Sunday Reflection: Palm Sunday C

I Just love Palm Sunday. I must admit to feeling cheated if I end up at a Passion Sunday service instead. I love the pageantry. I love the coming together of community. I love the greenery. And I love getting my cross and pining it back up on the front door, a proclamation to all that “Christ is followed in this house”.


I remember with fondness, being caught up in the parades of saints in European towns.How we are all embraced by the event, and visitor and townsfolk form a momentary alliance. I fondly remember watching such a parade on an island in the Dalmatian Coast.All ages are involved from the littlest to the oldest in some capacity or other. It is truly intergenerational. No need for a heading or a statement piece about it, it just is.

The pageantry is a form of storytelling and pilgrim mixed together. It is all age kinesthetic storytelling. The story becomes as much a part of the here and now as the past, it creates conversations and it brings people together. Storytelling is as much a part of Christian practice as prayer or worship, but it extends the relationship to God with others. Christ used it to teach, Berryman uses it well in Godly Play. In modern day worship we make time for it in the “children’s talk”, though I don’t know a congregation that does not maintain that practice even if there are no chronological children, as on a broader plain we are still children of God and still require stories and teaching.

Years ago I was surprised to be shown a  ”teaching church” in  Rothenberg en Tibor, there was a trap door in the Balcony and we were told that this was where, in the middle ages  puppetry was used as a teaching method. It reminded me that stories have long been a favoured teaching tool of the church.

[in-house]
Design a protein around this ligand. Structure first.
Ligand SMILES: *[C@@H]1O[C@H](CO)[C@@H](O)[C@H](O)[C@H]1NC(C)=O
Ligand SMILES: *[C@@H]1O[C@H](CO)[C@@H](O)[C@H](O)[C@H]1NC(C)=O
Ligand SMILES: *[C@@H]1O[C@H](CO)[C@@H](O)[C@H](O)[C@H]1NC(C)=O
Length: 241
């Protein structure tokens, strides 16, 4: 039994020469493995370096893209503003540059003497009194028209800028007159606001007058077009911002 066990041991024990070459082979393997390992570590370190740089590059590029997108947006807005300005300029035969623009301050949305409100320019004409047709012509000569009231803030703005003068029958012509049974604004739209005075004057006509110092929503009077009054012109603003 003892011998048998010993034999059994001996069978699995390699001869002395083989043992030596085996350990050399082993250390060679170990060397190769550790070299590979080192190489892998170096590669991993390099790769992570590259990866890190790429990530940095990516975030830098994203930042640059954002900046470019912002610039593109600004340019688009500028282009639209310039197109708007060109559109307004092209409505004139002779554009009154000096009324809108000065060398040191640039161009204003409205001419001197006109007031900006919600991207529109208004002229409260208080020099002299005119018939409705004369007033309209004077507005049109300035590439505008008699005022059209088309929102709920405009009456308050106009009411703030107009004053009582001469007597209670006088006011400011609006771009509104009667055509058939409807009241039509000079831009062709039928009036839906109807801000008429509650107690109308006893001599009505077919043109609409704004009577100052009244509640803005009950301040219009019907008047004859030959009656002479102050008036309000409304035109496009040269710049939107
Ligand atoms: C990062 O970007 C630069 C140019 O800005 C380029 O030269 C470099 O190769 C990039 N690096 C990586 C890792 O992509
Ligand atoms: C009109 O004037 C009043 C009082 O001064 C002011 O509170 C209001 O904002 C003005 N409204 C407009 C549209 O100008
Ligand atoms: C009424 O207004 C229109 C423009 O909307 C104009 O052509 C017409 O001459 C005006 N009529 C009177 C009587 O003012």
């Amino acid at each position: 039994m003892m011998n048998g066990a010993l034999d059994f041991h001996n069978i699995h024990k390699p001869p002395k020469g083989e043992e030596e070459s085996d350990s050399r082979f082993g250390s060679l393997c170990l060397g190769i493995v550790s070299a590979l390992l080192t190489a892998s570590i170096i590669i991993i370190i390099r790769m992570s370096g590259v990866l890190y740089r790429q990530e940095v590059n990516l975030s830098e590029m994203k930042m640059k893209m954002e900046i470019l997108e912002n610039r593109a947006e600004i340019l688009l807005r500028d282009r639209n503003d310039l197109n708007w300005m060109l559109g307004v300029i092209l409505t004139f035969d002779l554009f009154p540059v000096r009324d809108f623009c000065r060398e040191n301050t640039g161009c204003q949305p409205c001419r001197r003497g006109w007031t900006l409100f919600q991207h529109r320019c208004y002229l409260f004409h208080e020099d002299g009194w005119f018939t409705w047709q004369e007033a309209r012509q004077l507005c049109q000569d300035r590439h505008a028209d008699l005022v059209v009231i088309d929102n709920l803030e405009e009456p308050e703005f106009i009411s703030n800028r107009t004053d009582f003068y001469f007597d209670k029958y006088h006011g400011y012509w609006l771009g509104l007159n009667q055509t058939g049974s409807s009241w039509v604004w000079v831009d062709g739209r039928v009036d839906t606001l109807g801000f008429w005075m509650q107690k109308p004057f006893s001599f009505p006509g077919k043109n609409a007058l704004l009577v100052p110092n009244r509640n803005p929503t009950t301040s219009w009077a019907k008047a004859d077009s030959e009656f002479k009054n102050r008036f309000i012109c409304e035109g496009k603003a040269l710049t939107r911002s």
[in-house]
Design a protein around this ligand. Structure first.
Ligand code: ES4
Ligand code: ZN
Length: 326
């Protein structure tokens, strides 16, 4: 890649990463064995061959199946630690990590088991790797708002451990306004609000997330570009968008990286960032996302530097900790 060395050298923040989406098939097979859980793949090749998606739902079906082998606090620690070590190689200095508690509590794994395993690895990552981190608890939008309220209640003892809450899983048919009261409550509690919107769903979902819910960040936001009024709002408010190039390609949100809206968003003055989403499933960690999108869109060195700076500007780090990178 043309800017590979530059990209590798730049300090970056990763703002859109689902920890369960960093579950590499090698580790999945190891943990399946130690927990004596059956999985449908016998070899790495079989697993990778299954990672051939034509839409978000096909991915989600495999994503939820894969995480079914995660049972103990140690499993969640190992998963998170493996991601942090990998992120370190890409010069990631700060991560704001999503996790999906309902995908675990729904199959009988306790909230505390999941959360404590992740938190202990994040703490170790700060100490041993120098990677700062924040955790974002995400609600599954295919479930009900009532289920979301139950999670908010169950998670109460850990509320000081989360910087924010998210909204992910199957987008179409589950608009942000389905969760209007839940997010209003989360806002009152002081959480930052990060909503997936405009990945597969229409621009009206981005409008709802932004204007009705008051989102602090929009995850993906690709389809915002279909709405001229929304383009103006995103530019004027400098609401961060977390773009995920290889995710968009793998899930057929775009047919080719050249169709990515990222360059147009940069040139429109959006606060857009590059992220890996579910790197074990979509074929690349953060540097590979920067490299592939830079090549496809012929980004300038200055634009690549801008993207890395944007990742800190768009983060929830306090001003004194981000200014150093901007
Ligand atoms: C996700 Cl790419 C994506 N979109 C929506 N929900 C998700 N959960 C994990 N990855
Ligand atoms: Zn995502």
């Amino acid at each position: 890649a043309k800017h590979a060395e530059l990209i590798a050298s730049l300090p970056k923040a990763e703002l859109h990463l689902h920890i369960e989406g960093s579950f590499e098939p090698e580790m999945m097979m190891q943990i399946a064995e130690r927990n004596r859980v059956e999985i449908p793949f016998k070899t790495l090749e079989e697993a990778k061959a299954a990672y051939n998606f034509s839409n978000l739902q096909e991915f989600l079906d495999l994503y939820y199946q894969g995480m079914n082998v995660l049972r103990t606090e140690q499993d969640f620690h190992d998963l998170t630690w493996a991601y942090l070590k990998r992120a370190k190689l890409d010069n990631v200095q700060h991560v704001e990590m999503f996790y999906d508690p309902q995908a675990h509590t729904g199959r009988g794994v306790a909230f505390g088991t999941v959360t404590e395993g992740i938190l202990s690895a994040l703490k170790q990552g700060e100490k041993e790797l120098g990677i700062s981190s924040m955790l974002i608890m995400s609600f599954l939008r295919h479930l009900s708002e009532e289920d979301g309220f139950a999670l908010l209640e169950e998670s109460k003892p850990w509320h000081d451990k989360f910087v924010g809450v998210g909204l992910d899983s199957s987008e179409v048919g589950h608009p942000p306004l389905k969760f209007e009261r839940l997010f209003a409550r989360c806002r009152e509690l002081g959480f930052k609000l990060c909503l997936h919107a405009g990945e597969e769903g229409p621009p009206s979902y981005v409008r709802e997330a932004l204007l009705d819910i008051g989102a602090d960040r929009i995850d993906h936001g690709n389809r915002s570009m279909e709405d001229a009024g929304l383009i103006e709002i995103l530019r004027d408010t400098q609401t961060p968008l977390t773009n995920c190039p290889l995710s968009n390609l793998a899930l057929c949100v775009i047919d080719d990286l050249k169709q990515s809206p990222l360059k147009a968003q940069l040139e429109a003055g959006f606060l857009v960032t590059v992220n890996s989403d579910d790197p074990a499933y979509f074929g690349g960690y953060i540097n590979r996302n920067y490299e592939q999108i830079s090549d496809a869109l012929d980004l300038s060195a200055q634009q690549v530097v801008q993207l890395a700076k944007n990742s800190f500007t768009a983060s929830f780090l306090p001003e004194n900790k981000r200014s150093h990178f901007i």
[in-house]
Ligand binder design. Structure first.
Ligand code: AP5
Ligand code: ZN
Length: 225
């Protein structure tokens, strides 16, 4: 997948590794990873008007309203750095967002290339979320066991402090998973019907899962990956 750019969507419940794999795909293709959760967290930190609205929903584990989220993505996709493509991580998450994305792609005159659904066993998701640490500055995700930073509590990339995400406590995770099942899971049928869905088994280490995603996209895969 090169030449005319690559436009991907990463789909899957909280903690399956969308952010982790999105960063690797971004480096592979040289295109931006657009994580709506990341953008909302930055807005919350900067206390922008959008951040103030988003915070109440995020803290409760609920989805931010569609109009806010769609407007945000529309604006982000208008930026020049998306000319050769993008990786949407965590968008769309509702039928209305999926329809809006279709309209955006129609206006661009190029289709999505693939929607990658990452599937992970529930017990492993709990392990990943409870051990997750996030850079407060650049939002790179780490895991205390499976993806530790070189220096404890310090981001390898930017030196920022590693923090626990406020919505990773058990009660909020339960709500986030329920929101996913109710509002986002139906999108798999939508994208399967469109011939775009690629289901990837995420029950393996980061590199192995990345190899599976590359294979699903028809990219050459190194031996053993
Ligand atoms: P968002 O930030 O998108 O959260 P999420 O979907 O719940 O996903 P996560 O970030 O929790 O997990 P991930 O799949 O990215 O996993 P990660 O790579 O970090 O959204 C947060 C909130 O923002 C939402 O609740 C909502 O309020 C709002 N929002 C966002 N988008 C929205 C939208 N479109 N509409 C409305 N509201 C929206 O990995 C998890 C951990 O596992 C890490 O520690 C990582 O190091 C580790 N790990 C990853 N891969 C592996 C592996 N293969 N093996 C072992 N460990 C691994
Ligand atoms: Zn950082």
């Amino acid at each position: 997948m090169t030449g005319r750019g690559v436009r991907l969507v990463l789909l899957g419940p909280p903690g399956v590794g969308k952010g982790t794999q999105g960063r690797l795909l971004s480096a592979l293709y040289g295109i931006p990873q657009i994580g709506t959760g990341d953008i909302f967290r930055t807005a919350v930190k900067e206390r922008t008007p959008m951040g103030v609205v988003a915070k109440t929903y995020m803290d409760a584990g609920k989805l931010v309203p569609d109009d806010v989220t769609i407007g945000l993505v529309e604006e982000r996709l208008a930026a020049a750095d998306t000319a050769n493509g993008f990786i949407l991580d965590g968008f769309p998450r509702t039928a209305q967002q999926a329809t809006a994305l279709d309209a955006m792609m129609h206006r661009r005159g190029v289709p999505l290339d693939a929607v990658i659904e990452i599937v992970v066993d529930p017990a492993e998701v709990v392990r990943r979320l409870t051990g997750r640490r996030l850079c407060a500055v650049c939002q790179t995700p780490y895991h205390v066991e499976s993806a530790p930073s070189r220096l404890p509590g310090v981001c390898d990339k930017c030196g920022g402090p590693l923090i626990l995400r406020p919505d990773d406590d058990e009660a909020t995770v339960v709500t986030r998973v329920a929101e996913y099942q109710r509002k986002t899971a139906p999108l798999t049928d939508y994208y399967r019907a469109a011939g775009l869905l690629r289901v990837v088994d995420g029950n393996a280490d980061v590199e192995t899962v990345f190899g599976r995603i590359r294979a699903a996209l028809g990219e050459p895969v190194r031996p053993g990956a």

Unfortunately, I was running late this morning and I missed the pageantry, I left without my cross, but the season of Lent is ending regardless, we are entering Holy week and I am still struggling with playing catch up for the two Lenten studies I have actively pursued. So, in my tardiness (or the messiness of life), may I encourage you like I encouraged my families in the past, that now is the time to jump in with the stories, to prepare our little ones at home during Holy week, to let them know that Easter may mean hot cross buns and chocolate eggs but that these stand for something more, a way of telling the story. So, don’t just eat your hot cross buns but share the story of the cross, which is on each bun, that the spices used in the bun are there to remind us of the scents used in His burial. Show them that the egg represents life, something new comes out of the egg, and that Easter eggs are traditionally empty because the tomb is empty.

This week can be as simple as picking up the Beginner’s Bible and reading a section each night, starting at today’s chapter “The true King”  until we reach “Jesus is risen” on Sunday.